- Main lore areas
The entire prefecture centering on Nagoya city
- Main ingredients used
Sweet potatoes, flour
- History/origin/related events
“Oni-manju” was made with sweet potatoes and wheat flour, which were relatively easy to obtain during and after the war when food was scarce, and it became popular as a staple food instead of rice. It is said that the name was given because the way the cubed sweet potatoes look like the horns or a metal stick of an oni (ogre). It has various names such as "Imo-uiro", "Imoman", and "Imo-manju" depending on the region. During the war, the quantity of sweet potatoes was more important than their taste, so a variety called "Gokoku-imo" was produced, which had a large yield. However, unlike the sweet potatoes of today such as Beni-azuma, Beni-haruka and Annou-imo, which have a sweet taste and a smooth texture, Gokoku-imo was watery and did not have umami, so it is said that the "Oni-manju" was born from the ingenuity of finding ways to make it more delicious. Later, during the period of rapid economic growth, it became popular as a filling and inexpensive snack for farmers.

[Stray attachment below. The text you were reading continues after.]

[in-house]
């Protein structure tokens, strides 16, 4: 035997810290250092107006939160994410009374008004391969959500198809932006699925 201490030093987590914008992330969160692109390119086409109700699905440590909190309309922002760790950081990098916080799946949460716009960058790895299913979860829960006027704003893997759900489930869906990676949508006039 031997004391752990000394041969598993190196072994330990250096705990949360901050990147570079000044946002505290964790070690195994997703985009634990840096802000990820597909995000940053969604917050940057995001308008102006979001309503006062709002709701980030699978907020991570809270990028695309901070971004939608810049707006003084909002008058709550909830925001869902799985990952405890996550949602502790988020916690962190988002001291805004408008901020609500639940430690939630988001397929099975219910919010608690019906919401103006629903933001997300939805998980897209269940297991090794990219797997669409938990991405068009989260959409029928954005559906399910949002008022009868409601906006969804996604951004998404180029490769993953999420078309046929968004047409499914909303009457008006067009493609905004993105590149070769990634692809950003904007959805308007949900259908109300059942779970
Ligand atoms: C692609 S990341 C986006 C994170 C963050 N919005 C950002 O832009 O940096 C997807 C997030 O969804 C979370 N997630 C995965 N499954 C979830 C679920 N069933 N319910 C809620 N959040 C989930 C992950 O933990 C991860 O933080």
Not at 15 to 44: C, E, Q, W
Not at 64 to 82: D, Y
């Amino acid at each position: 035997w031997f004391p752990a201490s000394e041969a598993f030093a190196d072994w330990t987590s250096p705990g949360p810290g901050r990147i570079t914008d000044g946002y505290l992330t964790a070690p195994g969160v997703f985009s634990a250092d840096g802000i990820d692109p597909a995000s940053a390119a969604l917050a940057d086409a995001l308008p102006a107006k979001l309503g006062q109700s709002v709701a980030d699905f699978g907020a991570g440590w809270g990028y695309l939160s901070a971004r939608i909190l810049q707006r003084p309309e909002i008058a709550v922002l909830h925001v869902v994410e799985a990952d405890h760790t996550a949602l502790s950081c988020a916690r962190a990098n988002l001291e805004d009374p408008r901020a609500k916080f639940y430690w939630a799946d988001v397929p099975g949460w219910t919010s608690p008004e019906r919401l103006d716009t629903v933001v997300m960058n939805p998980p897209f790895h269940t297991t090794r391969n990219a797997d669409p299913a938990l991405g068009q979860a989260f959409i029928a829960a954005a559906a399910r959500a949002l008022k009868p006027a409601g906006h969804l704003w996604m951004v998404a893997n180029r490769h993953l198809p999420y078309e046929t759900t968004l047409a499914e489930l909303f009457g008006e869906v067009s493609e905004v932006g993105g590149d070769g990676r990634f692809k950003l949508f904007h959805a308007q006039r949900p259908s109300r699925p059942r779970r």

- Opportunities and times of eating habits
Although it is most often made in the fall, when sweet potatoes are harvested, "onimanju" is always available at Japanese confectionery shops, and is therefore eaten throughout the year.
- How to eat
Sweet potatoes cut into 1 cm cubes are placed in a dough made of flour and sugar, and steamed before eating. The red color and texture of the sweet potato skin can be enjoyed by leaving the skin on. It can be eaten warm or cold, but if you reheat it in the microwave for 20 to 30 seconds with plastic wrap, you can enjoy the freshly made texture.
Onimanju" is characterized by its firm and heavy texture, which makes it very filling. In recent years, however, some people enjoy eating it with a fluffy, steamed bread-like texture, or with apple cubes in place of sweet potatoes.
Many of the sweet potatoes sold at Japanese confectionery shops have been "honey-simmered" in advance. At home, sweet potatoes are simply sprinkled with salt and sugar.
- Efforts for Preservation and Succession
Some communities are making efforts to pass on the tradition by incorporating it into school lunch menus and offering cooking classes in conjunction with learning about sweet potato cultivation. In addition, because it is easy to prepare, it is also made at home and passed down from generation to generation.